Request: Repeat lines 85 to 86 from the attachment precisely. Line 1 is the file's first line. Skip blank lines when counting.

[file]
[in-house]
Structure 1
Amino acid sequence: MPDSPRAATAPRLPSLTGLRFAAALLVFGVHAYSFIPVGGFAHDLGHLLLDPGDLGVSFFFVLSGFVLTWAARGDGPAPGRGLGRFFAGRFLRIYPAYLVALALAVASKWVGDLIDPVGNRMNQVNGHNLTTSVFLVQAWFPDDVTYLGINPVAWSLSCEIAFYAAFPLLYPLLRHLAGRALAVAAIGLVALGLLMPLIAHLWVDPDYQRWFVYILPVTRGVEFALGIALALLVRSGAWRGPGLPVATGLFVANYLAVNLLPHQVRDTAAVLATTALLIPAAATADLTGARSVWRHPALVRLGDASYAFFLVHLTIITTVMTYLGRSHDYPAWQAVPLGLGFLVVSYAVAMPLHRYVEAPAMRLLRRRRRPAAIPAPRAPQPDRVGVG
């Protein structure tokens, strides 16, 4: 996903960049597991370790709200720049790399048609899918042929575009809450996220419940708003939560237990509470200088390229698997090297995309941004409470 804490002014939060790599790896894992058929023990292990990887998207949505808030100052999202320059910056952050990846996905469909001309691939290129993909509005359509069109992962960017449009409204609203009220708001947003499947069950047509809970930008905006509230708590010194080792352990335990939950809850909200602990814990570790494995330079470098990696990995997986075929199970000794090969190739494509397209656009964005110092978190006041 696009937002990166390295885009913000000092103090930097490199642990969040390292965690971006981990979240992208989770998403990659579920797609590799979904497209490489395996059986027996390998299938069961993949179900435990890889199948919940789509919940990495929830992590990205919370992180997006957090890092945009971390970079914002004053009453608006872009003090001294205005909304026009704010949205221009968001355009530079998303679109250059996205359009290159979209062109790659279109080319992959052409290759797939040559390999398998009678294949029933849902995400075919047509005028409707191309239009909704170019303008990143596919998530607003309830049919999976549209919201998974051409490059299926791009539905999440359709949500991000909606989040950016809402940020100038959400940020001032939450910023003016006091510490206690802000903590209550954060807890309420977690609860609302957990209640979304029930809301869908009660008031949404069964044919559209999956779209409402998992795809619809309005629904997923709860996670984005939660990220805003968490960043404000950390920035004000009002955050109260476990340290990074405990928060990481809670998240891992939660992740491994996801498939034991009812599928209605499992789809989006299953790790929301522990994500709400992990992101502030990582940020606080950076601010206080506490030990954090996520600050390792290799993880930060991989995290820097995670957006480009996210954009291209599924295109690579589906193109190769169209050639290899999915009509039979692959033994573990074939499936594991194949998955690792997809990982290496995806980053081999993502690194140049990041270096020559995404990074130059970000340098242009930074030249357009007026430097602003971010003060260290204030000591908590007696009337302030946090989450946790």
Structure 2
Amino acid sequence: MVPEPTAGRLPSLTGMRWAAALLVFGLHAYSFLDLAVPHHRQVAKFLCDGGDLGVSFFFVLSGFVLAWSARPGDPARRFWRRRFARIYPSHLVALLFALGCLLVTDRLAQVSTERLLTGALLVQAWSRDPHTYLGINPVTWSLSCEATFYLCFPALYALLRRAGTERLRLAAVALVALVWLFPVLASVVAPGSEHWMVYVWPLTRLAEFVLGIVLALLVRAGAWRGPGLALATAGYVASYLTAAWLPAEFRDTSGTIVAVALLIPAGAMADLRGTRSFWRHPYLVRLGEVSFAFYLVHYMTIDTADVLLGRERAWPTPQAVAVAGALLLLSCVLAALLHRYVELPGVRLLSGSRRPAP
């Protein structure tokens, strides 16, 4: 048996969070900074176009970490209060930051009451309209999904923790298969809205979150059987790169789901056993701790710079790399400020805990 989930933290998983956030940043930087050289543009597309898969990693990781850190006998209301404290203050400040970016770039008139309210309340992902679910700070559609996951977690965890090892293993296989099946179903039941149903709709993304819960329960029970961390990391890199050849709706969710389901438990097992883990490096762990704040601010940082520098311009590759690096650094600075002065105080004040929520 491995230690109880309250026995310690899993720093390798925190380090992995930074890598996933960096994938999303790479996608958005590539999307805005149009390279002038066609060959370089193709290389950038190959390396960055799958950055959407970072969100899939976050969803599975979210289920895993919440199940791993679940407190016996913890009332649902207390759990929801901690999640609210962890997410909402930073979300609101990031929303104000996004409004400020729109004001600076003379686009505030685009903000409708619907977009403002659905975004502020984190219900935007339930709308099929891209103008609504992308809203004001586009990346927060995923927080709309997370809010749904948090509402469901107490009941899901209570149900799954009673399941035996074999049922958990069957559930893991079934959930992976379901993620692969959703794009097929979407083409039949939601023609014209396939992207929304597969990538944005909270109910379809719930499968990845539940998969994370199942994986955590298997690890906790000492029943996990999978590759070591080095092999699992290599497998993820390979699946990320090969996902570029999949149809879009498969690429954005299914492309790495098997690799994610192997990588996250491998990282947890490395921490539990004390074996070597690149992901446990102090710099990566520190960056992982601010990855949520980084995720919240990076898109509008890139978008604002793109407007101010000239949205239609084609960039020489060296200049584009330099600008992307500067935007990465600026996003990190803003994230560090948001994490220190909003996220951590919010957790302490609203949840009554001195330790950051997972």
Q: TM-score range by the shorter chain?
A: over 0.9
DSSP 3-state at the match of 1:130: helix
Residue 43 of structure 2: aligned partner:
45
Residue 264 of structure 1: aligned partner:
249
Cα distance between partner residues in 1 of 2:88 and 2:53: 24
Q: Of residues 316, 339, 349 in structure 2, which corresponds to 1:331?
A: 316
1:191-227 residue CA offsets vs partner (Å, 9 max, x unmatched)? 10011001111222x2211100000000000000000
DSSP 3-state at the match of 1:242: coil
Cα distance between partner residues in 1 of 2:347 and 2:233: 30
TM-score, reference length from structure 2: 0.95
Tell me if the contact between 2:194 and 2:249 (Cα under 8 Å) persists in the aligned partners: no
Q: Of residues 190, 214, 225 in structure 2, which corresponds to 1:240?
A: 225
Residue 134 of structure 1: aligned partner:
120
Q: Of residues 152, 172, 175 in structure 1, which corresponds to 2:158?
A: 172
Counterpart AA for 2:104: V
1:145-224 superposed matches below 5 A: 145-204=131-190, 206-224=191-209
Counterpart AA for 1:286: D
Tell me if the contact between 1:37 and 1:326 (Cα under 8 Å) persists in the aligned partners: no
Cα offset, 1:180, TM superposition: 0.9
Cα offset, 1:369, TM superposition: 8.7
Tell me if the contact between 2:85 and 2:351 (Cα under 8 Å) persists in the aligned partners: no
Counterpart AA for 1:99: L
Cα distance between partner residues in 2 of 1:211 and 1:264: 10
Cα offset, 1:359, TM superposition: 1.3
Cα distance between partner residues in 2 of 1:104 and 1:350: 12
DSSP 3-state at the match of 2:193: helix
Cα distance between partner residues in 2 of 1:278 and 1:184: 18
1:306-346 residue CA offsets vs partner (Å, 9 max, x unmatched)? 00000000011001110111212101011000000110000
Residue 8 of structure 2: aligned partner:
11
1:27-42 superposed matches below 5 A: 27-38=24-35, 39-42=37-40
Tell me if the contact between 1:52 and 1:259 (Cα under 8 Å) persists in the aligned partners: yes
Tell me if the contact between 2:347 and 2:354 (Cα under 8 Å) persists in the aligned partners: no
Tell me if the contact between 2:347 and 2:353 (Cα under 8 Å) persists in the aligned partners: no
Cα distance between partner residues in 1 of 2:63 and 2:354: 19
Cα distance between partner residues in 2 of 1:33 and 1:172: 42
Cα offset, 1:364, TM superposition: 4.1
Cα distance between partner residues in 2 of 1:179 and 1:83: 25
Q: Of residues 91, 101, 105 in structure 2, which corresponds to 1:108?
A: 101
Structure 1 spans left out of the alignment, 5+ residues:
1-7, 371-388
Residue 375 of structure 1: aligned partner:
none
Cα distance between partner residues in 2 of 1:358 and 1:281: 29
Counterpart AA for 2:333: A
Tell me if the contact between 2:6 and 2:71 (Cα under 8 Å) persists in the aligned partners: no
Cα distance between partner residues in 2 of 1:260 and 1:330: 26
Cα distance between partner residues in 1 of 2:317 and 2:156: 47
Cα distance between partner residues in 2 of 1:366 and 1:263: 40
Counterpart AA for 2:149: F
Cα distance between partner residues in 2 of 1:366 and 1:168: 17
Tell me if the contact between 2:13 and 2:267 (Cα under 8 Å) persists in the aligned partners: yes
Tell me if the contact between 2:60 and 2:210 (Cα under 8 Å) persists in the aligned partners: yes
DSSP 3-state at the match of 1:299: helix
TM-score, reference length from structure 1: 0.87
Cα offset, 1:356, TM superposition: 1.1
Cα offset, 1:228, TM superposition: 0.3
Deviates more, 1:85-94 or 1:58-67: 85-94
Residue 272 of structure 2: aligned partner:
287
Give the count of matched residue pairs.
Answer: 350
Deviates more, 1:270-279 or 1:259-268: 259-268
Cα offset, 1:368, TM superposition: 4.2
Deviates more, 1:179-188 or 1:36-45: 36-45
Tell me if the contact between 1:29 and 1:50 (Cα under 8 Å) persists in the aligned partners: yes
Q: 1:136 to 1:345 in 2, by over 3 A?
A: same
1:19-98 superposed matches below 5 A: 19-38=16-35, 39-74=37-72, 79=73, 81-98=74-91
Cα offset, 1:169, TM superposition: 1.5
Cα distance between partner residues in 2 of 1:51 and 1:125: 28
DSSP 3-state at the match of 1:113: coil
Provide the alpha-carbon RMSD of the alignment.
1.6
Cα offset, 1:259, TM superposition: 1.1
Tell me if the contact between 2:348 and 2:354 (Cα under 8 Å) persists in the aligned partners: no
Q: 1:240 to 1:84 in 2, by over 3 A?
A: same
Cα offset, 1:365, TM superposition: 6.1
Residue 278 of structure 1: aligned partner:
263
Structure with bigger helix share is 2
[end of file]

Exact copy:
Cα offset, 1:169, TM superposition: 1.5
Cα distance between partner residues in 2 of 1:51 and 1:125: 28